Today in the U.S., federal and state programs assist only an increment of the needy. Many folks are immorally and illegally turned away. Taxpayers are merely financing the illusion of compassion.

This, while America and the world has enough resources to help the 20% of people living without the basics of rent, heat, clothes, food, medication, not to mention the hope of a vacation. Many of those at the bottom of the economic ladder are lgbt's (lesbian, gay, bi, transgender people).

America must eliminate poverty among its own people, before we can morally assist others to do so.

Jan Lightfoot-Lane
Proud Lesbians of Poverty
Hinckley, ME
February 3, 2002

Censorship in Iran
I am an Iranian living in North Dakota. I am just 19 years old and I am in college studying for a medical degree. About Mahin's story, "A Mother Takes on the Ayatollah" — I loved it. I just wanted to ask her why all this stuff happens to our country and we can't say anything about it? Some people who talk about it say, hey, it is just the Muslim way. That is so dumb. I just wanted to say you did a great job leaving the country, honey. Thanks for sharing your story with us.

North Dakota
January 27, 2002

Intolerant West
I would like to respond to Kelly Cogswell's article, "Queering Democracy in Iran" (January 23, 2002).

Democracy — government "for the people, by the people" — is not a foreign concept to Islam. A true Islamic state is divided into three branches: 1) The Majlis al-Shura, or representative branch, which is a body of elected representatives similar to Congress; 2) The Khalifa or Amir al Mu'mineen, the state leader who is elected either by the people or the Majlis al-Shura; and 3) the Qadi system, a judiciary of scholars in religious law who are appointed by the Khalifa in consultation with the Majlis.

Moreover, the Qur'an and Hadith (the Prophet Mohammed's traditions) spell out a body of law that upholds and protects human dignity. Although Western media would have us believe otherwise, it is not the function of an Islamic government to rule by bigotry or tyranny, and those who do oppress in the name of Islam are seriously misguided and misrepresent the religion.

It is true that homophobia pervades the Middle and Near East, not only among Muslims, but Christians and Jews as well. It's also true that in a region emerging from the shadow of European colonialism and still overwhelmed by Western domination, people are keen to identify anything that contradicts tradition as a Western import. Custom is often stronger than religion, and cultural prejudices are often difficult to overcome no matter how enlightened religious philosophy is.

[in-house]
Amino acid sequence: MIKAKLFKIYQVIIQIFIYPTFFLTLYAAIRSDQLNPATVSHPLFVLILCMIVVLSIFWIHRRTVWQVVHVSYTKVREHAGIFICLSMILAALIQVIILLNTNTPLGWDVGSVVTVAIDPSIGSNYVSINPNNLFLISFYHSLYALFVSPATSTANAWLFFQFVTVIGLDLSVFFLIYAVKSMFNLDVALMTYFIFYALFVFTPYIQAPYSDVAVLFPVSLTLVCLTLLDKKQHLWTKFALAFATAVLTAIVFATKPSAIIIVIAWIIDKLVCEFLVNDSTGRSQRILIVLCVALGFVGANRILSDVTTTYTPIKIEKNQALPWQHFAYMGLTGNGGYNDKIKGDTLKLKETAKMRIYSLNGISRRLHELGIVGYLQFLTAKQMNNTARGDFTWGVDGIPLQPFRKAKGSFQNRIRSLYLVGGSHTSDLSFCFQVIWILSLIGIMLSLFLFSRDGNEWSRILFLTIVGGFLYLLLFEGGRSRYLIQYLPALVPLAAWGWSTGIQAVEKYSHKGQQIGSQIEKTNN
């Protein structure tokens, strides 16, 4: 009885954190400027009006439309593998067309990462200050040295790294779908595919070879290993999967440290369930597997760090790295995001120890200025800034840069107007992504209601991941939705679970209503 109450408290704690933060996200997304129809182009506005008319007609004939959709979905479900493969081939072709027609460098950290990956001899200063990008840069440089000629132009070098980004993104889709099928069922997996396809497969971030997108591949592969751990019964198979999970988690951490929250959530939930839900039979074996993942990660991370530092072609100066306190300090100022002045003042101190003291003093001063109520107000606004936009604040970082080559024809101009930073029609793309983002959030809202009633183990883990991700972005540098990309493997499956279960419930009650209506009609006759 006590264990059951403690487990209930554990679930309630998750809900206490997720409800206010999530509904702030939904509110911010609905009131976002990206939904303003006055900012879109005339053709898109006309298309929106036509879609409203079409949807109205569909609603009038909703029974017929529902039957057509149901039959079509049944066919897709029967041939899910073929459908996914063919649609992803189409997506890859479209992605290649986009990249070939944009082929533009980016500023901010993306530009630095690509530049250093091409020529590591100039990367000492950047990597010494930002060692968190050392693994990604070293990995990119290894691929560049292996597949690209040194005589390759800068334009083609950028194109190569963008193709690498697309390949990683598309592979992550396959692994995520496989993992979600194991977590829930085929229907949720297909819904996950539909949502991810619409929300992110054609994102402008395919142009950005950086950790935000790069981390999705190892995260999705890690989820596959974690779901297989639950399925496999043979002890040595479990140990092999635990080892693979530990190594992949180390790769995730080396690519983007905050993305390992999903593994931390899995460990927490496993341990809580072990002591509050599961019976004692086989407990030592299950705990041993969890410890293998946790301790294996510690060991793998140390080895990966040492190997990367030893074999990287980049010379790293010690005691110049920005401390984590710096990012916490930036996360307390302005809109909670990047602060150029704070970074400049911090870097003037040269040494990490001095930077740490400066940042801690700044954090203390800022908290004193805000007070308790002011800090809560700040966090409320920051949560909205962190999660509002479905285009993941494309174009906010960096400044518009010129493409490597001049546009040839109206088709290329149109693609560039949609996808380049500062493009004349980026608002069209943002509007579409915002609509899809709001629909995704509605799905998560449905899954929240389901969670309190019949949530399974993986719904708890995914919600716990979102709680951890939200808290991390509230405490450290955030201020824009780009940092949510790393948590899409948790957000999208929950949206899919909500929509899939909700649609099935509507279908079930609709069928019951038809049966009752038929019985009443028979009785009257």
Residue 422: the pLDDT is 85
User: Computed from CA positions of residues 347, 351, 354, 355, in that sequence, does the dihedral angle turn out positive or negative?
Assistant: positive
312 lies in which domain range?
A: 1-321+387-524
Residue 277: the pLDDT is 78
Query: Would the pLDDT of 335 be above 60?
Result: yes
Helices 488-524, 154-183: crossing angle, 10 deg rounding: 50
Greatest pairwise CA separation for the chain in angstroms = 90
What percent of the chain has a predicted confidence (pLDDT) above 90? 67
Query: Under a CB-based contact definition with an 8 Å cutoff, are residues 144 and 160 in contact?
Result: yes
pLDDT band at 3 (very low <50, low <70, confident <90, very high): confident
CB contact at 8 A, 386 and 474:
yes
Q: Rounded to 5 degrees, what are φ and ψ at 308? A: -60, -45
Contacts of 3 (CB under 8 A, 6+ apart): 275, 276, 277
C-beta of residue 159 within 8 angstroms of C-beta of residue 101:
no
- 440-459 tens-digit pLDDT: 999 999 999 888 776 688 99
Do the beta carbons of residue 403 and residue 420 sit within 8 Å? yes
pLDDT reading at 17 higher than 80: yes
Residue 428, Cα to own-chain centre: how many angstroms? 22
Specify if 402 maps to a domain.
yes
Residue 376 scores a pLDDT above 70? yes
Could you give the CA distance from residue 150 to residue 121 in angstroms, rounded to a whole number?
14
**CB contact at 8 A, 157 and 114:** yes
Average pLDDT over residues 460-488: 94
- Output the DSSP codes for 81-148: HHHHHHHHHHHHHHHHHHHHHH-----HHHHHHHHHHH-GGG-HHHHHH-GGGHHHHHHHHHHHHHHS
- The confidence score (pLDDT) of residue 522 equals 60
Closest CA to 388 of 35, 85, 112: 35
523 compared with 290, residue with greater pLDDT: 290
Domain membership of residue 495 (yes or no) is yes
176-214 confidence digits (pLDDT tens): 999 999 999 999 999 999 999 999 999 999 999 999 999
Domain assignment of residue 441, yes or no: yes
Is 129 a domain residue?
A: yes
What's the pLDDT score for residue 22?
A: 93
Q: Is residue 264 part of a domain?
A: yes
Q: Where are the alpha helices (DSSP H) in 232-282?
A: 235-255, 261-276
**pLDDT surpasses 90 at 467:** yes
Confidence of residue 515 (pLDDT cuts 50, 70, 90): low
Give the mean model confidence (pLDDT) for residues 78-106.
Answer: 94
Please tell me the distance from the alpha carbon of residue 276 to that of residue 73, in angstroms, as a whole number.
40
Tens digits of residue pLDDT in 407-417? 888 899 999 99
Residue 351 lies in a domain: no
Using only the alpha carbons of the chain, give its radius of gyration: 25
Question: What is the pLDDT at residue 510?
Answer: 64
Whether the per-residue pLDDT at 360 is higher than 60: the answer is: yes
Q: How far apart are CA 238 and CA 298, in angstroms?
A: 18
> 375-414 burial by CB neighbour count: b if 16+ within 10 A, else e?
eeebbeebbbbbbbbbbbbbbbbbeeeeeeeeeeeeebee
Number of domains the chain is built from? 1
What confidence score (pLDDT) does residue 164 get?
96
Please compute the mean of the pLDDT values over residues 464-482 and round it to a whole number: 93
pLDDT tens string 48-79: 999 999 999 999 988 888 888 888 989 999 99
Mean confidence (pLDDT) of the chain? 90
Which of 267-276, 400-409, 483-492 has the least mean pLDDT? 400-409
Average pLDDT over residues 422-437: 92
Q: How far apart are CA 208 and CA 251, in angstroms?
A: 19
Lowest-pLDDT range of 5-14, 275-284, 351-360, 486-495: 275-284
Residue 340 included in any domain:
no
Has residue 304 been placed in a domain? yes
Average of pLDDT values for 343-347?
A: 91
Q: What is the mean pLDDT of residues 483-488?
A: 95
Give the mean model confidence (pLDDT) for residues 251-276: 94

In this country, Rev. Martin Luther King, Jr. preached from his pulpit for civil rights and an end to all oppression at a time when many observant Christians and Jews saw no contradiction between their faith and racial discrimination. If we are to gain any insight into the human rights abuses that exist in the Middle and Near East, we need to separate our understanding of a peaceful religion from the practice of tyrants. Misunderstanding and intolerance on the part of Western activists does not promote understanding and tolerance anywhere.


Maureen Donahue
New York, NY
January 25, 2002

Vendors Infringing on a Trademarked Disaster
The City can't have it both ways. Giuliani turned the WTC disaster site into a shameless tourist attraction and publicity launch pad for himself within hours of the 9/11 attack. He led countless groups of celebrities, sports figures and elected officials on tours of the site who were looking for a useful photo-op intended to promote their careers. None of these people had any legitimate need or reason to be there.

He wore the NYPD and FDNY logos in hundreds of media appearances so as to falsely identify himself with real heros whose salaries he kept at absurdly low levels and whose health and safety he failed to protect. Right before leaving office he had a giant tourist viewing platform built at the site — after previously restricting it to real New Yorkers and to the media. The City is now distributing tickets to see the ruins from a kiosk at the South Street Seaport — a location where almost everyone is a tourist — as if the WTC disaster was a Broadway show.

The businesses in the area that are part of the Downtown Alliance are advertising tourists discounts and even a happy hour linked to the disaster.

Inevitably in our supposedly free market system, vendors show up to try and make some money. How is what they are doing any more shameful than what Giuliani and the business groups have been doing?

Robert Lederman
President of A.R.T.I.S.T.
(Artists' Response To Illegal State Tactics)
Brooklyn, NY
January 10, 2002